The shocking thing about the government's defeat this afternoon is that it can be described as a shock at all. And parliamentarians wonder why they are viewed with, to put it mildly, disdain? Anyone with an ounce of commonsense can see that it is grotesque to tell the Gurkhas that they may fight in the British army but they cannot live in Britain. And yet 246 MPs duly blundered through the government lobby solely so they could be good little soldiers themselves and try and spare their masters some much-deserved embarrassment.
Then again, it's a testament to the reduced expectations people have of parliament that it actually is a surprise that enough Labour MPs found sufficient reserves of conscience to vote against the government to produce the right result.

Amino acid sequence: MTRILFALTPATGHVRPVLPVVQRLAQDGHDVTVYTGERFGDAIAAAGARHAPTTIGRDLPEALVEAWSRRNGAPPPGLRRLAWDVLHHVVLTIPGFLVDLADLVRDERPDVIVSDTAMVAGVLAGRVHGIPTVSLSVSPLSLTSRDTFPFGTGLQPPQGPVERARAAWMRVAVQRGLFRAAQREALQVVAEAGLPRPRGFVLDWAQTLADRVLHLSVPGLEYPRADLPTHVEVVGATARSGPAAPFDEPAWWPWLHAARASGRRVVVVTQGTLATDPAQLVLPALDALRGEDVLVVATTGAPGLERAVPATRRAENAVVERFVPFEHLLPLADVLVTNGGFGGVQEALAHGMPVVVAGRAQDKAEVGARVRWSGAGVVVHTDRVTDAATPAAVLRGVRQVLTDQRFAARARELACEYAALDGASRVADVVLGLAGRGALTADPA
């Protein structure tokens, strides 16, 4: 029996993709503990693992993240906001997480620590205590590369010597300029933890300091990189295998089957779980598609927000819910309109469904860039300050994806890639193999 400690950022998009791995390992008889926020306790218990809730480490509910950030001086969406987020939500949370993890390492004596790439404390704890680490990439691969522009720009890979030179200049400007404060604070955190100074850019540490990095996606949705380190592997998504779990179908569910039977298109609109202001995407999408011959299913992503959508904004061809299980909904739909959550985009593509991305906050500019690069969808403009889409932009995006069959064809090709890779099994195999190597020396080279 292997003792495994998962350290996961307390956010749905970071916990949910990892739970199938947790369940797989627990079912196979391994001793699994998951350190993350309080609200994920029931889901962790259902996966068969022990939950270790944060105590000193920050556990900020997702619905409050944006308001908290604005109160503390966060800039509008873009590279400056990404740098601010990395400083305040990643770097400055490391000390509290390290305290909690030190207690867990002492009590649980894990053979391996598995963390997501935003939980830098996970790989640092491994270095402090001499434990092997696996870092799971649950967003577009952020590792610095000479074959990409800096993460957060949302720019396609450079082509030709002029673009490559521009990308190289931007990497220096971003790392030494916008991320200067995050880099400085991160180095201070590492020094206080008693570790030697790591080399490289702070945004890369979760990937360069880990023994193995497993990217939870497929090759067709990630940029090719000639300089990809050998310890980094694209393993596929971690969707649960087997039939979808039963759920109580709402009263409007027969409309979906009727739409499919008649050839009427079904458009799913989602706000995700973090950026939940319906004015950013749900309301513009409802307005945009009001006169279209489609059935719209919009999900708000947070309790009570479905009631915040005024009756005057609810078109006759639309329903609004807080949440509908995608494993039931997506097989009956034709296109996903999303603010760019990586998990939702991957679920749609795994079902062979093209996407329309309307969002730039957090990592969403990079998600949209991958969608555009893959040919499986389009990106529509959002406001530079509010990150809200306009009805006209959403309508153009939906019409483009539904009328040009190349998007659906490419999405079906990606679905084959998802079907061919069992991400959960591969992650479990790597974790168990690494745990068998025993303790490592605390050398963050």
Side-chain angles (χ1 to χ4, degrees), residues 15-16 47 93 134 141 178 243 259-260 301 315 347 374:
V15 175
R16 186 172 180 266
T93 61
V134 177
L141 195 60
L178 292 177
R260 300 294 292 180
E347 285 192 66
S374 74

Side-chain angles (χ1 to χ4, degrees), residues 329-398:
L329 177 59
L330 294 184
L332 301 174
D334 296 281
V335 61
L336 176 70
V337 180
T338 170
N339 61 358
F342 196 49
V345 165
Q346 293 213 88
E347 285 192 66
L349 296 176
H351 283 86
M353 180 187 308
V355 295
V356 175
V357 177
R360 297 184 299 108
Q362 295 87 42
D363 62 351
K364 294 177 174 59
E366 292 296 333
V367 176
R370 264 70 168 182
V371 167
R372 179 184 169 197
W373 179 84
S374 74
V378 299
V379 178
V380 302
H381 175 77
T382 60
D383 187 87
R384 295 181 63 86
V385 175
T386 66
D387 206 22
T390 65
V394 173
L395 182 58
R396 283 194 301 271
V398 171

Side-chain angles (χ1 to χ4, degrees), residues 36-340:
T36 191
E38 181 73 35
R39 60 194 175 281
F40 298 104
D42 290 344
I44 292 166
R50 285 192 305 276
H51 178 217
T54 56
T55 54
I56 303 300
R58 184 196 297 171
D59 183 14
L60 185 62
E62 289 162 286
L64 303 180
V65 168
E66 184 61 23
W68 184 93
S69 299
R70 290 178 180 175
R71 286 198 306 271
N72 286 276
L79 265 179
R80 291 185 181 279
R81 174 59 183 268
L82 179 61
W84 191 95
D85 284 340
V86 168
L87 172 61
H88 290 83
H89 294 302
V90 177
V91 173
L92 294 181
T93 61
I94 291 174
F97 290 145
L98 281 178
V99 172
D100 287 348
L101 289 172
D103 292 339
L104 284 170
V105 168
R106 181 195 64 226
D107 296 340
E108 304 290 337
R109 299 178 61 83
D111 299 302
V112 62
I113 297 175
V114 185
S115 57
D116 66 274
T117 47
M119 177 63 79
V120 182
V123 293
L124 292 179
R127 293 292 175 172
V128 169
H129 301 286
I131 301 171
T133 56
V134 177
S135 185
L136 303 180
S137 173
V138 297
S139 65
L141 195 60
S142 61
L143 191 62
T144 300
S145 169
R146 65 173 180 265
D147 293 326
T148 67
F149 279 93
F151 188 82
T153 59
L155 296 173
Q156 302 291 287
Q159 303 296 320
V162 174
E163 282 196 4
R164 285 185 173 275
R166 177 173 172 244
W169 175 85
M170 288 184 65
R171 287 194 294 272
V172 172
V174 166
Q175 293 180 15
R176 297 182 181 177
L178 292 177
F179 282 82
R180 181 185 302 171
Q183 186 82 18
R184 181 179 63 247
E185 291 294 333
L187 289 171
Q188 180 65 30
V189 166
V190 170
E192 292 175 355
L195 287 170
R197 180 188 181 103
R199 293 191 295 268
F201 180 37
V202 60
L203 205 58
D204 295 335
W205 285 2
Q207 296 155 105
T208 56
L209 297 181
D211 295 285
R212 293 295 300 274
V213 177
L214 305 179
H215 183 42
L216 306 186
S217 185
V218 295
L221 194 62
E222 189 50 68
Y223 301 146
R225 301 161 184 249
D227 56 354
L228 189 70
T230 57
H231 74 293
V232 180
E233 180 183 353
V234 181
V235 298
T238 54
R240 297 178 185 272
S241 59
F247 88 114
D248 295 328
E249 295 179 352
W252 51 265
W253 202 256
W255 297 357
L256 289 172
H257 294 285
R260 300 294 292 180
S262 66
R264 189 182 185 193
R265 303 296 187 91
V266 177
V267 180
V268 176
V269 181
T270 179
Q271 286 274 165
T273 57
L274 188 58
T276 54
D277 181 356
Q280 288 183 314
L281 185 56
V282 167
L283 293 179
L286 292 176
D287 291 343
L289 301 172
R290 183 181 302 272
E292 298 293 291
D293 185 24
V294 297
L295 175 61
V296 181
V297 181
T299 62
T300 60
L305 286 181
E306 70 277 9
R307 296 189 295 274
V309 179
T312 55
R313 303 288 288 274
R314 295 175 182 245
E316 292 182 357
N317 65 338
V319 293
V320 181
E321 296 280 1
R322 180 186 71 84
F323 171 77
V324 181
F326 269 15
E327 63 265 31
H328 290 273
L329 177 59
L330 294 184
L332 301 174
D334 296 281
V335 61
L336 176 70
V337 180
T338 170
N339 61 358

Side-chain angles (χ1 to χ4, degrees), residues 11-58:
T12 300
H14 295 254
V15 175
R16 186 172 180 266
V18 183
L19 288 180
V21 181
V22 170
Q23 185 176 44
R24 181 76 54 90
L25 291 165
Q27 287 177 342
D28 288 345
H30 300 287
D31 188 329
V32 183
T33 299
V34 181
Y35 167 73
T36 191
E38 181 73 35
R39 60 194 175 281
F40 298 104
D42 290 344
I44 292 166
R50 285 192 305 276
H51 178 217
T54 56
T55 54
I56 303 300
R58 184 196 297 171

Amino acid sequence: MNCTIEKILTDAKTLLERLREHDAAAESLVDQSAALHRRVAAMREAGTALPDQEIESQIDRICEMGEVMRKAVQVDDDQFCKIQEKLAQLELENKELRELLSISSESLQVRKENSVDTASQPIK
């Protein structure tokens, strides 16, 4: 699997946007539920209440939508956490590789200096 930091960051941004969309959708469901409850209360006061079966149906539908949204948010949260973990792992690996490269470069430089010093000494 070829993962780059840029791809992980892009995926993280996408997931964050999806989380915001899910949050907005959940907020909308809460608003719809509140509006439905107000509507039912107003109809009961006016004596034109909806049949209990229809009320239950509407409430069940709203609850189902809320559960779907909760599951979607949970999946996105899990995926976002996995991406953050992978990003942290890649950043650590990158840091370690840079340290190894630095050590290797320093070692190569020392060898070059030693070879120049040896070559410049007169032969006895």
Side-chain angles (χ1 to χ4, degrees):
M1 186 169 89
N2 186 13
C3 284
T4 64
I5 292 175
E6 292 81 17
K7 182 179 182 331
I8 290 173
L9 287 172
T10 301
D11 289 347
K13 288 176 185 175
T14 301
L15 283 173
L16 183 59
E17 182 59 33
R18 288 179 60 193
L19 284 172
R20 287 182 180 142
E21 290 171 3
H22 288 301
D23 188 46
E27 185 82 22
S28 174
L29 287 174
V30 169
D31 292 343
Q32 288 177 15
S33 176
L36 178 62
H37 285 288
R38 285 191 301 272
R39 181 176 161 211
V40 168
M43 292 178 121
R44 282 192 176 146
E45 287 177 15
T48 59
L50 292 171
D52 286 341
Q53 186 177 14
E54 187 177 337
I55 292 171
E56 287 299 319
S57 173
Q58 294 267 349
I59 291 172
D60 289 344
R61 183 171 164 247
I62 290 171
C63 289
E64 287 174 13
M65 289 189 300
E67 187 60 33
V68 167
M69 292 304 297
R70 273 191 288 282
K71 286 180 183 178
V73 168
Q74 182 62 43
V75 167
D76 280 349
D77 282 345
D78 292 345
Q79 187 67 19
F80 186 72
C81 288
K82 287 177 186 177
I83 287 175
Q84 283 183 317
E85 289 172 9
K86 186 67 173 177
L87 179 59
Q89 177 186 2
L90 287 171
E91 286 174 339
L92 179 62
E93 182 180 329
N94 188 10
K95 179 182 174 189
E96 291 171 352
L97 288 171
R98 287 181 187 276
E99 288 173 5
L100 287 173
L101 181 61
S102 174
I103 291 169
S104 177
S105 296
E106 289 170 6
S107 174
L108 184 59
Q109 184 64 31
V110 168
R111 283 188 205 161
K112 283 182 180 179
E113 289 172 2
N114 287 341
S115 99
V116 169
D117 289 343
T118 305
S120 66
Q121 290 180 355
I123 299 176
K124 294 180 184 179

Such is the tyranny of the Whips Office. Parliamentary politics in this country would be well-served if there were more back-bench rebellions and if the power of the whips and the Downing Street machine were much reduced. Then again, any such developments would be treated by the press as proof that the government - any government - was losing its way, not as evidence of parliament debating matters in the proper spirit. So, in that sense, there is a logic to demanding blind, ignorant, contemptible party loyalty.